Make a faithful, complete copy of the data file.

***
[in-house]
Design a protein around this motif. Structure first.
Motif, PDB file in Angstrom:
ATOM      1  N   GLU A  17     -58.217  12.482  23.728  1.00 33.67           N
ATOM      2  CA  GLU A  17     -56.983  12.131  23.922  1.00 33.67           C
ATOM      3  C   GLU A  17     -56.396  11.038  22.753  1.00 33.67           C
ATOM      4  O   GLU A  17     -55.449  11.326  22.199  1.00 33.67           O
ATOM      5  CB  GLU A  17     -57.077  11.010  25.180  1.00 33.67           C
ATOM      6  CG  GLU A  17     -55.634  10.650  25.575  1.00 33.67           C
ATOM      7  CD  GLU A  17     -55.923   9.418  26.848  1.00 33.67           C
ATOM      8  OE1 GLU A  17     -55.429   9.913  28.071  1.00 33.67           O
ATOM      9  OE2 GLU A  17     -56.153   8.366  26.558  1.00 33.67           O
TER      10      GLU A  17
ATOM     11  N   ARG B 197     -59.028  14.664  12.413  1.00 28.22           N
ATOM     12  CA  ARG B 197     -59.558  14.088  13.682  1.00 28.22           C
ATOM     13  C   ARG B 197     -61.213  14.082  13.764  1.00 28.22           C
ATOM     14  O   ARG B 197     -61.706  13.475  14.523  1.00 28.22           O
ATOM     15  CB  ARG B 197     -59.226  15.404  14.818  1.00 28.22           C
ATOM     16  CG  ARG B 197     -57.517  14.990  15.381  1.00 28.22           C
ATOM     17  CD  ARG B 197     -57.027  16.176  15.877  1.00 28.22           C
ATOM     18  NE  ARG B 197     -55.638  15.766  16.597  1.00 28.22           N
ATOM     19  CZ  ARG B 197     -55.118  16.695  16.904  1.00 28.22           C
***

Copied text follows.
[in-house]
Design a protein around this motif. Structure first.
Motif, PDB file in Angstrom:
ATOM      1  N   GLU A  17     -58.217  12.482  23.728  1.00 33.67           N
ATOM      2  CA  GLU A  17     -56.983  12.131  23.922  1.00 33.67           C
ATOM      3  C   GLU A  17     -56.396  11.038  22.753  1.00 33.67           C
ATOM      4  O   GLU A  17     -55.449  11.326  22.199  1.00 33.67           O
ATOM      5  CB  GLU A  17     -57.077  11.010  25.180  1.00 33.67           C
ATOM      6  CG  GLU A  17     -55.634  10.650  25.575  1.00 33.67           C
ATOM      7  CD  GLU A  17     -55.923   9.418  26.848  1.00 33.67           C
ATOM      8  OE1 GLU A  17     -55.429   9.913  28.071  1.00 33.67           O
ATOM      9  OE2 GLU A  17     -56.153   8.366  26.558  1.00 33.67           O
TER      10      GLU A  17
ATOM     11  N   ARG B 197     -59.028  14.664  12.413  1.00 28.22           N
ATOM     12  CA  ARG B 197     -59.558  14.088  13.682  1.00 28.22           C
ATOM     13  C   ARG B 197     -61.213  14.082  13.764  1.00 28.22           C
ATOM     14  O   ARG B 197     -61.706  13.475  14.523  1.00 28.22           O
ATOM     15  CB  ARG B 197     -59.226  15.404  14.818  1.00 28.22           C
ATOM     16  CG  ARG B 197     -57.517  14.990  15.381  1.00 28.22           C
ATOM     17  CD  ARG B 197     -57.027  16.176  15.877  1.00 28.22           C
ATOM     18  NE  ARG B 197     -55.638  15.766  16.597  1.00 28.22           N
ATOM     19  CZ  ARG B 197     -55.118  16.695  16.904  1.00 28.22           C